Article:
Clay Greene and Harold Scull were an elderly gay couple that was separated by the state under false pretenses. They had all the possible paperwork they could in order to be sure they had all the rights they deserved. But that was unimportant to Sonoma County in California. The two were forced to live out Harold’s last days in separate nursing homes; Clay shouldn’t have even been placed in a home. Their property was stolen and sold by the county, gone forever except in Clay’s memories. It’s a tragedy that ought to move everybody.

Clay soon brought a lawsuit against the county. I’m reporting this late, I know, but a settlement was reached back in July.

A case of reported domestic violence involving two elderly Sonoma County gay men that led to a lawsuit claiming discrimination by the Public Guardian’s office which assisted them was settled today when the County agreed to pay $300,000 for property that belonged to the men which was sold for less than its full alleged value at auction.

What’s unfortunate is that the only source I can find is the one I’ve given here, and that’s a press release from the county. Everyone knows a settlement usually means the defendant knows a loss was guaranteed. But that doesn’t stop the lying.

“This is a case about the County doing the right thing and stepping in to assist an individual, Harold Scull, who made claims of domestic abuse against Clay Greene,” said attorney Greg Spaulding, representing the County in the settlement. “It is everyone’s right—no matter what their sexual orientation—to have a relationship that is not abusive.”

Except charges were never filed. No steps were taken to prove beyond any doubt, much less a reasonable one, that Clay had ever abused Harold. All that happened was the county stole property from two men, placed one in what was effectively a prison, and then lied. Now that it’s obvious to everyone that they were lying, they’re doubling down on the lies. Take a look at the first quote I put up. It sounds like the county only paid for undervalued property. In fact, it was stolen property, but putting that aside, here’s what they really paid.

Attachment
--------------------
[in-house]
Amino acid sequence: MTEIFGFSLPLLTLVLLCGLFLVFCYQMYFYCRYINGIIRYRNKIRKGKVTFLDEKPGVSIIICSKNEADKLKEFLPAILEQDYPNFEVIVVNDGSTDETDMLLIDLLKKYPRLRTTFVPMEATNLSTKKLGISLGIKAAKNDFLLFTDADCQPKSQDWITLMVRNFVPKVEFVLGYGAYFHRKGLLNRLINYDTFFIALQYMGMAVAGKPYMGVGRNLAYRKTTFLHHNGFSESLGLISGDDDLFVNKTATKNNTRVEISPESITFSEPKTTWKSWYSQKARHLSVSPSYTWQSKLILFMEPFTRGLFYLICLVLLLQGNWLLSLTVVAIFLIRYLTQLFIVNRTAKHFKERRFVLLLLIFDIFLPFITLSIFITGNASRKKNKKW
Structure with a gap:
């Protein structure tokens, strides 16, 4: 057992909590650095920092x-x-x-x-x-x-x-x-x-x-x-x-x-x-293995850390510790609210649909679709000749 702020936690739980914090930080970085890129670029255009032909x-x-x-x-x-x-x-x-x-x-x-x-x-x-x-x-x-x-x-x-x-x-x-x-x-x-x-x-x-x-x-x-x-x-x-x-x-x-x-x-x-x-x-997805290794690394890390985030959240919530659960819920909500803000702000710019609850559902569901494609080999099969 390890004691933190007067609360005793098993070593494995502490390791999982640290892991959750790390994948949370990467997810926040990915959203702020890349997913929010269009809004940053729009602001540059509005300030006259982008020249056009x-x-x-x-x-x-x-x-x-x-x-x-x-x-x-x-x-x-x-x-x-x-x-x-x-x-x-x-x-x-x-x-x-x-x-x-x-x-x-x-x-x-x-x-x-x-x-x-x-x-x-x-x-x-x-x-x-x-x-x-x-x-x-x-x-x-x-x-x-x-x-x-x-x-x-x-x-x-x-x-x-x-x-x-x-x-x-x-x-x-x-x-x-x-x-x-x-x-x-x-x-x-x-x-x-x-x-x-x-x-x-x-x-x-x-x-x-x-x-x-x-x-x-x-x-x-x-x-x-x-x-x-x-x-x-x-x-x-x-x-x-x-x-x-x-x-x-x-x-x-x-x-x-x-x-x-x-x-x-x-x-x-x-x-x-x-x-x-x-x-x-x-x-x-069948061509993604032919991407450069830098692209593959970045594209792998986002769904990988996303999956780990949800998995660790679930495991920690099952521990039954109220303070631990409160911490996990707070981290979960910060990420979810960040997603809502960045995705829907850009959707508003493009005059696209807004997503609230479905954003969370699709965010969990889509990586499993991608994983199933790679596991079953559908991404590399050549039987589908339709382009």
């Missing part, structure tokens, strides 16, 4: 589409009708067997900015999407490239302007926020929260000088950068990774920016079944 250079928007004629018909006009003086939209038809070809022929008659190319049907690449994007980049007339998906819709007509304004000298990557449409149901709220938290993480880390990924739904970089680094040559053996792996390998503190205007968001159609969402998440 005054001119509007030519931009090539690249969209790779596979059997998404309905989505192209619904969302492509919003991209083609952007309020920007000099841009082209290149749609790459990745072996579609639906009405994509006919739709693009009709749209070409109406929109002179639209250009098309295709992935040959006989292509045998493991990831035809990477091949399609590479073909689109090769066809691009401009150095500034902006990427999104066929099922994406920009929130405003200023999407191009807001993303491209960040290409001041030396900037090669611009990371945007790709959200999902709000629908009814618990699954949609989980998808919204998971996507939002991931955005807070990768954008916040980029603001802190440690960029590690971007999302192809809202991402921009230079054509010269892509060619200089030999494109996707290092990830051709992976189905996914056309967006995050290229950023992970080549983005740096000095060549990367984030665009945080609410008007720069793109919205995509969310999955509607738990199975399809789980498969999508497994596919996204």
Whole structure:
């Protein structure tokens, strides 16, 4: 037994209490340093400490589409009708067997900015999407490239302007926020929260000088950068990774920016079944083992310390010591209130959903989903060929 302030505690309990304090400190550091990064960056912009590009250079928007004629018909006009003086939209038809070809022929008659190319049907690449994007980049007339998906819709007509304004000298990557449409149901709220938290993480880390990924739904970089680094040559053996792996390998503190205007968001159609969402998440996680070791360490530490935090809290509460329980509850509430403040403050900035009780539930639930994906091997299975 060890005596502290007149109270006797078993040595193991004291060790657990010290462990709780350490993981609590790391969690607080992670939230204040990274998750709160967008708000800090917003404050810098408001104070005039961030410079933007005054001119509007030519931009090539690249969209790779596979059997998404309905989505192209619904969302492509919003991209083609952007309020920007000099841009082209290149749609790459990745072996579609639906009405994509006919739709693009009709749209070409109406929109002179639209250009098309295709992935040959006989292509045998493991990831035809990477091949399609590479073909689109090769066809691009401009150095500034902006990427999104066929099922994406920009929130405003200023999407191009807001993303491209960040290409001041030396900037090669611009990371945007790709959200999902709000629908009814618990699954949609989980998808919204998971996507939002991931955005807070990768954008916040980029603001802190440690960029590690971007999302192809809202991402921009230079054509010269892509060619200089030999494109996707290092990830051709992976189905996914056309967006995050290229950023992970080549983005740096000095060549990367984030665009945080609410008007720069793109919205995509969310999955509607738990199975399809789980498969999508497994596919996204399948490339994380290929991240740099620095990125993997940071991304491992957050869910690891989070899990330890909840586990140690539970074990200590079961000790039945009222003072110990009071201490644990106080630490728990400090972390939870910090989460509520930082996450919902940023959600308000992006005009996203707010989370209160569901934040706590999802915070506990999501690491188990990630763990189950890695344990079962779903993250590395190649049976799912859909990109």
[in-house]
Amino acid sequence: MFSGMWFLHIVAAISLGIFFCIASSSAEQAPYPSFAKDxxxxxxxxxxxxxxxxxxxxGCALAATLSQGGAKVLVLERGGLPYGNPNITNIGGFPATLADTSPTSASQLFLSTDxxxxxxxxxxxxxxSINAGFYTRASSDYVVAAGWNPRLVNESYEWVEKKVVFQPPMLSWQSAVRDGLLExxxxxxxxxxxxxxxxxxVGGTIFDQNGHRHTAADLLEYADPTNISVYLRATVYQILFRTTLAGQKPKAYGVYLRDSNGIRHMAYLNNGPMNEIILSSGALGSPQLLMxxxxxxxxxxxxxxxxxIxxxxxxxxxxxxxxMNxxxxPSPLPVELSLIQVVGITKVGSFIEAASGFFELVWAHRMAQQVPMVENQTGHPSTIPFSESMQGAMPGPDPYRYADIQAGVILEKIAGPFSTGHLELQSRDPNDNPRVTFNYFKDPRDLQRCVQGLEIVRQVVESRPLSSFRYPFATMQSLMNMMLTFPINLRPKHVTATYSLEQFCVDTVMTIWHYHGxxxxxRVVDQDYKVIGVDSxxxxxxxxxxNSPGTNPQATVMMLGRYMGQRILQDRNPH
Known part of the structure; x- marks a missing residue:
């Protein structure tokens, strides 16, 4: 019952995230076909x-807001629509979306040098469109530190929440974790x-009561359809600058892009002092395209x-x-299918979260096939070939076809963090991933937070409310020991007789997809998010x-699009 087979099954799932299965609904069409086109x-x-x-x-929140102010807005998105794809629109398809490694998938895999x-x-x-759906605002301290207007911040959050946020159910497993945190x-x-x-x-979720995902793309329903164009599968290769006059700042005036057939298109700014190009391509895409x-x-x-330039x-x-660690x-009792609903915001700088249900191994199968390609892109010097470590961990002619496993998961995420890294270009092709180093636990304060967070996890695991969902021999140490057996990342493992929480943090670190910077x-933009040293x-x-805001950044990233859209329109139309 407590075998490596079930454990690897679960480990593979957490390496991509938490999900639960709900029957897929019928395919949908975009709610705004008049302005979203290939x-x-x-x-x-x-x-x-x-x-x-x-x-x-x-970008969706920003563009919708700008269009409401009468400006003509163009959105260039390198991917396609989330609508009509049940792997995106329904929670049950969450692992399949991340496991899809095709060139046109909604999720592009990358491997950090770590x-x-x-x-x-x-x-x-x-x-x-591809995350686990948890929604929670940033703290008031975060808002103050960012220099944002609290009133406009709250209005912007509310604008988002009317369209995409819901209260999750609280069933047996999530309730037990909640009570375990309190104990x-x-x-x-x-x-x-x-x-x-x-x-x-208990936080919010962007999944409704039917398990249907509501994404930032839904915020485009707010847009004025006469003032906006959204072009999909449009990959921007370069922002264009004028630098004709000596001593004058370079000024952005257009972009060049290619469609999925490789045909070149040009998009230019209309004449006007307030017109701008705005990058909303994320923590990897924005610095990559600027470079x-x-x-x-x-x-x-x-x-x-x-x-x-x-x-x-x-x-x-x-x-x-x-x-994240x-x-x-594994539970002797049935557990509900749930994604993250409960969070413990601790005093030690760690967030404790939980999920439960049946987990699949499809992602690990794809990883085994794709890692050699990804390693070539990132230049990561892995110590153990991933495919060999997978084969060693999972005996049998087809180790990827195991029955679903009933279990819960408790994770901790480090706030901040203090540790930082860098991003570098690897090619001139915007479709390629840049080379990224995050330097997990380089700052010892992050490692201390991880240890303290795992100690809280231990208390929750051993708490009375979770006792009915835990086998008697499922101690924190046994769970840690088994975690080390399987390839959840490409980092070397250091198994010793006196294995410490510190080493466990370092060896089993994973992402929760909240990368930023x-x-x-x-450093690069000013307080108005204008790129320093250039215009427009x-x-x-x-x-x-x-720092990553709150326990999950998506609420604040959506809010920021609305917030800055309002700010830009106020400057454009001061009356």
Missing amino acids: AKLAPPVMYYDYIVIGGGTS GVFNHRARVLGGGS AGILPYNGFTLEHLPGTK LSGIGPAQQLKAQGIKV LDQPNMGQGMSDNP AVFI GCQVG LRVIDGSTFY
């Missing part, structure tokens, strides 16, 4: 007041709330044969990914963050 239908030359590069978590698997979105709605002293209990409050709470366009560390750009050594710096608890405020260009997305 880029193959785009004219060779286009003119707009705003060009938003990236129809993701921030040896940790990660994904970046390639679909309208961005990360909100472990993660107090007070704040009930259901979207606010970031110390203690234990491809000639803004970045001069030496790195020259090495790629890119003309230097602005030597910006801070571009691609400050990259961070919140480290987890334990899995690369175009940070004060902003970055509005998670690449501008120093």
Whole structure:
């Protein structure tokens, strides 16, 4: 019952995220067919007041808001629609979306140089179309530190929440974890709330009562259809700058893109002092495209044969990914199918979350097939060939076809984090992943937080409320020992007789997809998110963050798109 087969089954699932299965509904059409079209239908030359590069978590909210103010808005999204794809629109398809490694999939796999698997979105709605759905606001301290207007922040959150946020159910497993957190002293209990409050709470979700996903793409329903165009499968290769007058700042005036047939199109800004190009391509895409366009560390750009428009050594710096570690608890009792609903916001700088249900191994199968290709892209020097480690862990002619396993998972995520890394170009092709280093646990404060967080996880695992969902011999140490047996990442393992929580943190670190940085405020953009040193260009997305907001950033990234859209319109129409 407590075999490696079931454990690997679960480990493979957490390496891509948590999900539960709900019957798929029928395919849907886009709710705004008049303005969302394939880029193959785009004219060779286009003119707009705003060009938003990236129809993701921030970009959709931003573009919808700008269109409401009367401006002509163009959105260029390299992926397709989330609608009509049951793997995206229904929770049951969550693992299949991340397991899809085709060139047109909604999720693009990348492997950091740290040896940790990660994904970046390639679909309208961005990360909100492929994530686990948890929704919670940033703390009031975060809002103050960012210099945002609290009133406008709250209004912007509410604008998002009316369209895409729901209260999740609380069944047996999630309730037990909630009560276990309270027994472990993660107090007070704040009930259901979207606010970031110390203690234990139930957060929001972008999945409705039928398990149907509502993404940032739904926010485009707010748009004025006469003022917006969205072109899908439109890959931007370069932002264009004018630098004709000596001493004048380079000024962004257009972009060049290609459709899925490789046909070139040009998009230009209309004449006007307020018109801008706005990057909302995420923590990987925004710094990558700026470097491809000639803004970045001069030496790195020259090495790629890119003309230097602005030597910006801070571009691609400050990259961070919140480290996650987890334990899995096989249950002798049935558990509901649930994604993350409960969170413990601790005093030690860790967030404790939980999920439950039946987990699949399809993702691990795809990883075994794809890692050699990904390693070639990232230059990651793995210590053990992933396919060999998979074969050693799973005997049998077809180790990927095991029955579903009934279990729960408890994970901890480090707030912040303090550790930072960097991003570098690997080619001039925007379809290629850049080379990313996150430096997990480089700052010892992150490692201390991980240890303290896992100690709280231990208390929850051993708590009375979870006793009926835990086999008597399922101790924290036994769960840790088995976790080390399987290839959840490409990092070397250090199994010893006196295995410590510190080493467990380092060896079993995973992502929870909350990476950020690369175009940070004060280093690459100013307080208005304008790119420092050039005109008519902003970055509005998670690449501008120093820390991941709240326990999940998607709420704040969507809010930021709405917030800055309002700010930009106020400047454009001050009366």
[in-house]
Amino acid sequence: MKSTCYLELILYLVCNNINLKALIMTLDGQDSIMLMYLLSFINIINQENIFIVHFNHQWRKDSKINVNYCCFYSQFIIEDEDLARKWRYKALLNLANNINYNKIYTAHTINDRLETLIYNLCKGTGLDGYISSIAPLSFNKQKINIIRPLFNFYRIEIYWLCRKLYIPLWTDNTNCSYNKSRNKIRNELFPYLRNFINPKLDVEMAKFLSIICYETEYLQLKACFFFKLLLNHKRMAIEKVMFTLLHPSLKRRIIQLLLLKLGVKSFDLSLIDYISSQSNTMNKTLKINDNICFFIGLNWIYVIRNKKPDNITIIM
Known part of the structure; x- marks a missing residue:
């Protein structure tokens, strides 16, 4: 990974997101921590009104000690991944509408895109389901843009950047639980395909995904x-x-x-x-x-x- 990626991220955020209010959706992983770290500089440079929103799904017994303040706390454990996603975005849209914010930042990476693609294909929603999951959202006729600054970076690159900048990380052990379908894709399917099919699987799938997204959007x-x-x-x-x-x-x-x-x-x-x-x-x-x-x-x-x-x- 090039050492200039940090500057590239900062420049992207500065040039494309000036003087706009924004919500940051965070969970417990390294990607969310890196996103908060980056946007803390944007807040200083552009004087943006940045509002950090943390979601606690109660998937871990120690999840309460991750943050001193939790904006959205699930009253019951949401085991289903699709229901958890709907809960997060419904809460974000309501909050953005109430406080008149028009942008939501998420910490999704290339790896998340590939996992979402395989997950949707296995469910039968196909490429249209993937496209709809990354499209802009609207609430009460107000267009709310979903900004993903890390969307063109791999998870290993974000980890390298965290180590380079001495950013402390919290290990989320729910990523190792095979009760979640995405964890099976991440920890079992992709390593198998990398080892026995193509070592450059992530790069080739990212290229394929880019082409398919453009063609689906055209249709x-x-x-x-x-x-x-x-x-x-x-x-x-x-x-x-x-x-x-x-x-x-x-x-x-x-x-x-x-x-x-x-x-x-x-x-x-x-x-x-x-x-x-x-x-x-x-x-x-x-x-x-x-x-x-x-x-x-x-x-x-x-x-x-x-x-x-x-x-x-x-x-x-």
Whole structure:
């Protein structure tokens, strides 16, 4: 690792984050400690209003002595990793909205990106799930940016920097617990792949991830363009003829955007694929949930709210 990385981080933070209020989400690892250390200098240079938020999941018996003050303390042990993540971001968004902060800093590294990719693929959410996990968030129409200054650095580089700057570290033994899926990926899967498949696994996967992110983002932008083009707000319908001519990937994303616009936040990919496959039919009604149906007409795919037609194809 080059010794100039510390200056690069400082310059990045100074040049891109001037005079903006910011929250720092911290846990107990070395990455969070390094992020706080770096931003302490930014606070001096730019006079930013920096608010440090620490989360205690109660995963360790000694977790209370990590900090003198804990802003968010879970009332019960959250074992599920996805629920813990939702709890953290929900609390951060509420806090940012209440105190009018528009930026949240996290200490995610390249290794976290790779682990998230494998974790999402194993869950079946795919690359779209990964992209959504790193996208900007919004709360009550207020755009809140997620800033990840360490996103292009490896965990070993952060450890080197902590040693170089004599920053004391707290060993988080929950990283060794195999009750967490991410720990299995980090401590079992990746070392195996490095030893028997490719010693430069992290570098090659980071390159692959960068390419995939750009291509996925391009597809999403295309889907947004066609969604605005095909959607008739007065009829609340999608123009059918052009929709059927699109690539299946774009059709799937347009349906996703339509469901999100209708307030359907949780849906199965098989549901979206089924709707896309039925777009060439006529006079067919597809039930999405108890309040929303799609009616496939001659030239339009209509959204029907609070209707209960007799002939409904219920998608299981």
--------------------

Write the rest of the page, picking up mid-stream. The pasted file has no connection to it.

This settlement, in which the County agreed to pay $300,000 for attorney fees, $275,000 to Clay Greene and $25,000 to the estate of Harold Scull for allegedly undervalued sold property, allows the County to avoid costs associated with a lengthy trial.

The real cost is $600,000, not $300,000. And does anyone believe that the county is merely paying the difference in the stolen undervalued property? They’re giving a massive chunk to Clay while only a small portion to Harold’s estate. How plausible is it that the two men had such unequal shares of property after living together for 20 years? Clearly the county is paying $25,000 to Harold’s estate for the sake of undervalued property, but it’s paying Clay so much because they know they would face a humiliating and just loss at trial that would result in a far bigger payment. It’s that inevitable loss they mean when they talk about “costs associated with a lengthy trial”.

It’s good that Clay has effectively won his case, but none of this changes the fact that he was forced to miss the majority of the last few months of Harold’s life.